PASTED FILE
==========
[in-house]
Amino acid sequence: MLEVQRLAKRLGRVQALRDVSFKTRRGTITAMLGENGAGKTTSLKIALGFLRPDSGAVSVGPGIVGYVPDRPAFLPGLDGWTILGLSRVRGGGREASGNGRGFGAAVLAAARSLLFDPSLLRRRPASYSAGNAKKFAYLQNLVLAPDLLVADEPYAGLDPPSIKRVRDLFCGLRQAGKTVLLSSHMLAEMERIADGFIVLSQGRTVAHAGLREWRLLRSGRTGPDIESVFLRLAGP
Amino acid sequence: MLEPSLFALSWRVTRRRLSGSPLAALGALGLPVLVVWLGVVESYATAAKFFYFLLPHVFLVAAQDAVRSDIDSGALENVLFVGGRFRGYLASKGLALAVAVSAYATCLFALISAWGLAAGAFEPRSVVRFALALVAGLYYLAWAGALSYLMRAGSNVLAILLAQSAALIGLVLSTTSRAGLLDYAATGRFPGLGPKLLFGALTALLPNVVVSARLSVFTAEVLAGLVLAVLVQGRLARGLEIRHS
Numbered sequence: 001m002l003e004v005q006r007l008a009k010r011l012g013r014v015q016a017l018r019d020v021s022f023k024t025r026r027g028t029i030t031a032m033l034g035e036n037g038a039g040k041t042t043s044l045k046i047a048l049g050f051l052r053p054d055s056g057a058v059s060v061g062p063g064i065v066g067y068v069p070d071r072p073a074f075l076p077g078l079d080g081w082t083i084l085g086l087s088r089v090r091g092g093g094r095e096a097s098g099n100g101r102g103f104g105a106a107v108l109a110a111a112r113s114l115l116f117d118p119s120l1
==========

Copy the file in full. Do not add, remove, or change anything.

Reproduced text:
[in-house]
Amino acid sequence: MLEVQRLAKRLGRVQALRDVSFKTRRGTITAMLGENGAGKTTSLKIALGFLRPDSGAVSVGPGIVGYVPDRPAFLPGLDGWTILGLSRVRGGGREASGNGRGFGAAVLAAARSLLFDPSLLRRRPASYSAGNAKKFAYLQNLVLAPDLLVADEPYAGLDPPSIKRVRDLFCGLRQAGKTVLLSSHMLAEMERIADGFIVLSQGRTVAHAGLREWRLLRSGRTGPDIESVFLRLAGP
Amino acid sequence: MLEPSLFALSWRVTRRRLSGSPLAALGALGLPVLVVWLGVVESYATAAKFFYFLLPHVFLVAAQDAVRSDIDSGALENVLFVGGRFRGYLASKGLALAVAVSAYATCLFALISAWGLAAGAFEPRSVVRFALALVAGLYYLAWAGALSYLMRAGSNVLAILLAQSAALIGLVLSTTSRAGLLDYAATGRFPGLGPKLLFGALTALLPNVVVSARLSVFTAEVLAGLVLAVLVQGRLARGLEIRHS
Numbered sequence: 001m002l003e004v005q006r007l008a009k010r011l012g013r014v015q016a017l018r019d020v021s022f023k024t025r026r027g028t029i030t031a032m033l034g035e036n037g038a039g040k041t042t043s044l045k046i047a048l049g050f051l052r053p054d055s056g057a058v059s060v061g062p063g064i065v066g067y068v069p070d071r072p073a074f075l076p077g078l079d080g081w082t083i084l085g086l087s088r089v090r091g092g093g094r095e096a097s098g099n100g101r102g103f104g105a106a107v108l109a110a111a112r113s114l115l116f117d118p119s120l1